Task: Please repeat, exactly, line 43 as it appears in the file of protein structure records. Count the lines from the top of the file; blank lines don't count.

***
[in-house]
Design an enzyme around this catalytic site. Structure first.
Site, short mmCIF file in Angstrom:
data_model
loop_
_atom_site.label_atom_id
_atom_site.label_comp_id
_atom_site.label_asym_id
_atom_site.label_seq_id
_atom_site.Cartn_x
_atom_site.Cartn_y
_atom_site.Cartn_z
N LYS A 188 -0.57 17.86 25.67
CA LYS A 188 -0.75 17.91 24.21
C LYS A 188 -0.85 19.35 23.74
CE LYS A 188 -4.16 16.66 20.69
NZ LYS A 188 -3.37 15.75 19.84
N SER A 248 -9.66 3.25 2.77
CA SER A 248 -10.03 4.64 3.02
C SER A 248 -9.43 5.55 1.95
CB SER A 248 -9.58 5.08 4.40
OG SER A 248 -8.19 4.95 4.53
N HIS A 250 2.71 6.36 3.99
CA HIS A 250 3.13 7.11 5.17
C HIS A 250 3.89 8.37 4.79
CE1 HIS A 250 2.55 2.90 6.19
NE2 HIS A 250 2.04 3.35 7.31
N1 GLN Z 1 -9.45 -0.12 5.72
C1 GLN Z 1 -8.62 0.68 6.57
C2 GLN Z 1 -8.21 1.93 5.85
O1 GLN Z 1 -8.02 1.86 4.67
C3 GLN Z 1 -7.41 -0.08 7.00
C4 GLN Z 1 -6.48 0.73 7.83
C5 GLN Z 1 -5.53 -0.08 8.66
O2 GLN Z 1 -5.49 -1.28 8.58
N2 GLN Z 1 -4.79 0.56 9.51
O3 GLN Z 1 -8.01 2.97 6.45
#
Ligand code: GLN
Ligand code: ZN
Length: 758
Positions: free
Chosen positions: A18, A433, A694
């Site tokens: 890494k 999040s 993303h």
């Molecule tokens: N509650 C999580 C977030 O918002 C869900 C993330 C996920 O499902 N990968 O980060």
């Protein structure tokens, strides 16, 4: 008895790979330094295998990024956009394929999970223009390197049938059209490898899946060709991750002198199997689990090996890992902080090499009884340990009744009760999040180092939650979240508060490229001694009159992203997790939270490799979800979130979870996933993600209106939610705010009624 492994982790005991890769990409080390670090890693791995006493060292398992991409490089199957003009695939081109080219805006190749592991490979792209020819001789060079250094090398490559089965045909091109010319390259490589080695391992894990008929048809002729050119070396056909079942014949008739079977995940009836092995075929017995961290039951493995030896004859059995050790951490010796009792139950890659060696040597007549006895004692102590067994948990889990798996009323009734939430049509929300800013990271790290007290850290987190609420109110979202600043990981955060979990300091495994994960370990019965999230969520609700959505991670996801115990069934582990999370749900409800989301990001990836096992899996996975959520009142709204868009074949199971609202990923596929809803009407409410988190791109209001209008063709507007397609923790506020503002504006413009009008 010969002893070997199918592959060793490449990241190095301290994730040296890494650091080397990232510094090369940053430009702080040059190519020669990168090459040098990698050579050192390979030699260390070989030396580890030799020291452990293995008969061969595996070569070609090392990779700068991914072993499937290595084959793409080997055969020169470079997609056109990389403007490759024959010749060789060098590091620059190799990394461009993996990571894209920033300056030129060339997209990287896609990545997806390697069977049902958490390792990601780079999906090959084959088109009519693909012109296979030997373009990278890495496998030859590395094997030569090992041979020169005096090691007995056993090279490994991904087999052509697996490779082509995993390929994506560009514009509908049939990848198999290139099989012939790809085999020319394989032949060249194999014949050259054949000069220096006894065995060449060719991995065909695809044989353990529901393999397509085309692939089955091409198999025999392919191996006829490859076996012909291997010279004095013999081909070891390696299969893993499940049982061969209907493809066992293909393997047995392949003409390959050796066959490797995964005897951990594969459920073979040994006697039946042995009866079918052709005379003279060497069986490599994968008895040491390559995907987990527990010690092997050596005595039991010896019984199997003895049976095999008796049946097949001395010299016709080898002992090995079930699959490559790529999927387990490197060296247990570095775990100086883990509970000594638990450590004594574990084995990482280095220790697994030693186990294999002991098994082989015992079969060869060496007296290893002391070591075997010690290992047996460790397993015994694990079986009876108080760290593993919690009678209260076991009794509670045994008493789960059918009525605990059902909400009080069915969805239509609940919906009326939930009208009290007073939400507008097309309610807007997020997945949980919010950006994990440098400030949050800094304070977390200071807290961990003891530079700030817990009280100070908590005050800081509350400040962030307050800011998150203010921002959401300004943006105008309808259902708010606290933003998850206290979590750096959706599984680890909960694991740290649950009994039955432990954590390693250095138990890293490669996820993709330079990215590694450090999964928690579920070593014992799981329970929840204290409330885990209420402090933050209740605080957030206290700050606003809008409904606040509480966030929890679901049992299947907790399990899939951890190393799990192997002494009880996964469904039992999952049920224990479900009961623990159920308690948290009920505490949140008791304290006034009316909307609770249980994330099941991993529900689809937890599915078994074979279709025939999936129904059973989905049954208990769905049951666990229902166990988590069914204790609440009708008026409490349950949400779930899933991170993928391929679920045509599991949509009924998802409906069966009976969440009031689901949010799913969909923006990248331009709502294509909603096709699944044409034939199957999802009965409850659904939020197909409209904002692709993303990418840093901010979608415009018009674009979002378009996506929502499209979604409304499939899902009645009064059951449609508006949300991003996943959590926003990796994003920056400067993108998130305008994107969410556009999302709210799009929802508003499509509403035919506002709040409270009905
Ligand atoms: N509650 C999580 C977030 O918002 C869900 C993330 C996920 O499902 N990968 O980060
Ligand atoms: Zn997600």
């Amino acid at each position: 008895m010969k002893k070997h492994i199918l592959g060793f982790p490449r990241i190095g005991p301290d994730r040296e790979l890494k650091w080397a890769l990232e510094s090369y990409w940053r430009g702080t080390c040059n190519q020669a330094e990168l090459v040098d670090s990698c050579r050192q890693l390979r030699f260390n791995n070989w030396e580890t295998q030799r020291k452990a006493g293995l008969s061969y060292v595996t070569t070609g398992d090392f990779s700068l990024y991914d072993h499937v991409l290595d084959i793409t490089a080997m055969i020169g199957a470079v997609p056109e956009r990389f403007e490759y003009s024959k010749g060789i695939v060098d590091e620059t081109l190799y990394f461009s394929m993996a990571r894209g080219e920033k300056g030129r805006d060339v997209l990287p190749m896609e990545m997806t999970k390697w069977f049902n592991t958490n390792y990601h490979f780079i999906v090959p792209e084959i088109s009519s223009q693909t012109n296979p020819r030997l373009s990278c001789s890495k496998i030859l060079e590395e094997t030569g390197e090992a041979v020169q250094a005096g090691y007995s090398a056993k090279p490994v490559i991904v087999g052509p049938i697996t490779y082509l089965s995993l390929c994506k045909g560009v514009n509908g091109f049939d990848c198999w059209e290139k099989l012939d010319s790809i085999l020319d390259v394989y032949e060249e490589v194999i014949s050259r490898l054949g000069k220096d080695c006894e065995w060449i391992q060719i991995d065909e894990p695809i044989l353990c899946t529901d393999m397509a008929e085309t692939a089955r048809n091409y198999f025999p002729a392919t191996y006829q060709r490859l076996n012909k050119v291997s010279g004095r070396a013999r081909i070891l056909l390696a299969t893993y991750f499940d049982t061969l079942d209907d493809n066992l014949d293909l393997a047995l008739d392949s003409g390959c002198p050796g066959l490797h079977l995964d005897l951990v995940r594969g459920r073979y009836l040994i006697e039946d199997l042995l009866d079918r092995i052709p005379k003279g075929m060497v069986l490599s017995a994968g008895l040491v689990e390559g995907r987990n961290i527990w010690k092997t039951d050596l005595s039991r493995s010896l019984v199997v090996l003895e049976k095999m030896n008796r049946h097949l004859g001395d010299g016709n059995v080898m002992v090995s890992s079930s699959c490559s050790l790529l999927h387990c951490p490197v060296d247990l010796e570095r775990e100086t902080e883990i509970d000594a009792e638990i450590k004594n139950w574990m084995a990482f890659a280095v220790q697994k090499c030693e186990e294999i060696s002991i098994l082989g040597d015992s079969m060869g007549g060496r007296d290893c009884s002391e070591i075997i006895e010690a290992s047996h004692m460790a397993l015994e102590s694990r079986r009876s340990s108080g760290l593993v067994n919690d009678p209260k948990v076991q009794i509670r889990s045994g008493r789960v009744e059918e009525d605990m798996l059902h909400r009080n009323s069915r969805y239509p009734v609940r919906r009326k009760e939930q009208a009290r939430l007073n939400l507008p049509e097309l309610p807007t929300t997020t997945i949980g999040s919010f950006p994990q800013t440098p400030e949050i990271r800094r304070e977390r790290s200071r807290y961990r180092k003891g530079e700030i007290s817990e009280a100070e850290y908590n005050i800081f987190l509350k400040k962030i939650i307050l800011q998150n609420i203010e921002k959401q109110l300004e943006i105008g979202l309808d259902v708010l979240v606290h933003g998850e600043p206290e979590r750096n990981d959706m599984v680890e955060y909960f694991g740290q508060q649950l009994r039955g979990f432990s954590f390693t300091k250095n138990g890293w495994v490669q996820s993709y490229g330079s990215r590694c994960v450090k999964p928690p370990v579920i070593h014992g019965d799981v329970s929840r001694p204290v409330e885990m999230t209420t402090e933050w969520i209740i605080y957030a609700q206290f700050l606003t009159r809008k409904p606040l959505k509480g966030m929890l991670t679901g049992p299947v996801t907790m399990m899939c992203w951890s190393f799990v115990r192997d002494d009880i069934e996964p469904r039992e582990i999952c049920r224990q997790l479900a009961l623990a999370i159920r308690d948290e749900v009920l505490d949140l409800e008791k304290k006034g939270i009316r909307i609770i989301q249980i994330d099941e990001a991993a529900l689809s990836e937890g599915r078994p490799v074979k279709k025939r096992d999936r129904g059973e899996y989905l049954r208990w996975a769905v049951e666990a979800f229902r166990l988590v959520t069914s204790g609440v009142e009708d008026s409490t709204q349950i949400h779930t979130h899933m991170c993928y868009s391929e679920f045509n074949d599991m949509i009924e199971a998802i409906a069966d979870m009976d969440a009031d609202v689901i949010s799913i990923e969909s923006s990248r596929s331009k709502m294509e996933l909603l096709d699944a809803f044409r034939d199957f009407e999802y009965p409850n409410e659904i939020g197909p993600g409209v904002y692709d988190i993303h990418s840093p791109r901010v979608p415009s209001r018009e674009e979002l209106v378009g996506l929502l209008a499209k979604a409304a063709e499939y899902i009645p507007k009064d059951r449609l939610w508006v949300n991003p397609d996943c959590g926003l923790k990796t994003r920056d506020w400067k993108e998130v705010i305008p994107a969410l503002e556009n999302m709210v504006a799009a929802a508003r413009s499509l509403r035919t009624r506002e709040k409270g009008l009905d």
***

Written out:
Chosen positions: A18, A433, A694